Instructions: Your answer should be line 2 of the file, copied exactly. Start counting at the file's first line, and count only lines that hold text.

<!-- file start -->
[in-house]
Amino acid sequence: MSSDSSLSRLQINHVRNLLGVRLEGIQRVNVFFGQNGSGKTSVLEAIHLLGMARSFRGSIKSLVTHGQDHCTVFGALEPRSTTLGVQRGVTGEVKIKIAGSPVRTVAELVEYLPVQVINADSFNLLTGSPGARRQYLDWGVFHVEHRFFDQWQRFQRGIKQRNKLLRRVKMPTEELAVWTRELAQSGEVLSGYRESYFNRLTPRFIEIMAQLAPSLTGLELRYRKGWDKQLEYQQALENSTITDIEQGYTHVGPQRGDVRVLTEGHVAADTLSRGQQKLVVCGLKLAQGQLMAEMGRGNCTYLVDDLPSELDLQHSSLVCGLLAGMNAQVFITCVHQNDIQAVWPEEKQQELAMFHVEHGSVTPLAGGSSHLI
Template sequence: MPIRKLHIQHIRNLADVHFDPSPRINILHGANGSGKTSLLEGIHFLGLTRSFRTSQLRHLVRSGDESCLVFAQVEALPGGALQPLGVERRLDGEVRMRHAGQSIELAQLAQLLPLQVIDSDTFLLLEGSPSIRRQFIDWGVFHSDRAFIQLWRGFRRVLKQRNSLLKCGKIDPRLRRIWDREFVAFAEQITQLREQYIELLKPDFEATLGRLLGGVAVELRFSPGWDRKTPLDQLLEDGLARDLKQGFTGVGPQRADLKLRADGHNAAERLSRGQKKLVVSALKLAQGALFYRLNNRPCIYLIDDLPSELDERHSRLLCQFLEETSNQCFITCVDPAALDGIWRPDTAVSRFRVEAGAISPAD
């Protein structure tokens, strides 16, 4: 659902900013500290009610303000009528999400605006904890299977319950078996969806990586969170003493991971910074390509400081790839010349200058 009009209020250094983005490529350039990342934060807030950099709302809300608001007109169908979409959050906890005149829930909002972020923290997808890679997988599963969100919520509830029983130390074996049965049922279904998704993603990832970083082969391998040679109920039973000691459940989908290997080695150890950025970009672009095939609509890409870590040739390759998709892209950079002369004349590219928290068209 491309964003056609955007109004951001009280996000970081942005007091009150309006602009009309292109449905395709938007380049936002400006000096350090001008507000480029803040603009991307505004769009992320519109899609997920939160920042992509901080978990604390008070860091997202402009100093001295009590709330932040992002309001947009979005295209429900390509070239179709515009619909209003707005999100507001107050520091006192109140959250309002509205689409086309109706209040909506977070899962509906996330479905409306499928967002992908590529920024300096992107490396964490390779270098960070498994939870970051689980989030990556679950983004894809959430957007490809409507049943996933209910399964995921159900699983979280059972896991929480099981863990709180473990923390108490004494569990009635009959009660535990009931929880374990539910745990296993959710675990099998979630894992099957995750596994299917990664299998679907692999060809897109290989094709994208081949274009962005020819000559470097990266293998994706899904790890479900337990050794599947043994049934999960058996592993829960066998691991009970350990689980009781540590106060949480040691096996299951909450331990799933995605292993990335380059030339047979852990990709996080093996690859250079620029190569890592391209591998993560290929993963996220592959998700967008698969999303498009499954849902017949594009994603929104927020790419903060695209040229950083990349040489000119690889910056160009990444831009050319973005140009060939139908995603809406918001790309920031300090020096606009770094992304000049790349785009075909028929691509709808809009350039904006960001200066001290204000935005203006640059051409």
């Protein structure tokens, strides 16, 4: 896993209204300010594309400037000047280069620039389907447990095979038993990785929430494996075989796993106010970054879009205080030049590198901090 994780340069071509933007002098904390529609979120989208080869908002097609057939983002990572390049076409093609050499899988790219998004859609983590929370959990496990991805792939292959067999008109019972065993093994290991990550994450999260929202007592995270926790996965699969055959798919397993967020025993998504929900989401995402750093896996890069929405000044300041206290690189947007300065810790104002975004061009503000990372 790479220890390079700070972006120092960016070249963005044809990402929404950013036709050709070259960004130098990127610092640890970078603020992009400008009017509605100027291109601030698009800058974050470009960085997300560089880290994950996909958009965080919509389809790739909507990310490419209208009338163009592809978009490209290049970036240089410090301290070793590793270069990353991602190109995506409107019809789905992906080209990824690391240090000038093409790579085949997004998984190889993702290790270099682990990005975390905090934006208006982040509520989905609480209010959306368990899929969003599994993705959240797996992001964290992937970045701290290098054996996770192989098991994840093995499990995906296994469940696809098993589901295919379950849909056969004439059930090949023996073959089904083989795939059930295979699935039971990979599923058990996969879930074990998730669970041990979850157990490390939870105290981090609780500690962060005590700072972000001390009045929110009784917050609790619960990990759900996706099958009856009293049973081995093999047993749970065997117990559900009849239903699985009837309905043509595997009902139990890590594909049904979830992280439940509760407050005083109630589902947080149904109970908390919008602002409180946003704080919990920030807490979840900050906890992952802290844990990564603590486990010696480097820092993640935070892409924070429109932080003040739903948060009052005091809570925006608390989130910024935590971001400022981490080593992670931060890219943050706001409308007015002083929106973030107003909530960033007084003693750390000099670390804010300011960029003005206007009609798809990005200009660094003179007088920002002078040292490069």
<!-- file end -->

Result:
Amino acid sequence: MSSDSSLSRLQINHVRNLLGVRLEGIQRVNVFFGQNGSGKTSVLEAIHLLGMARSFRGSIKSLVTHGQDHCTVFGALEPRSTTLGVQRGVTGEVKIKIAGSPVRTVAELVEYLPVQVINADSFNLLTGSPGARRQYLDWGVFHVEHRFFDQWQRFQRGIKQRNKLLRRVKMPTEELAVWTRELAQSGEVLSGYRESYFNRLTPRFIEIMAQLAPSLTGLELRYRKGWDKQLEYQQALENSTITDIEQGYTHVGPQRGDVRVLTEGHVAADTLSRGQQKLVVCGLKLAQGQLMAEMGRGNCTYLVDDLPSELDLQHSSLVCGLLAGMNAQVFITCVHQNDIQAVWPEEKQQELAMFHVEHGSVTPLAGGSSHLI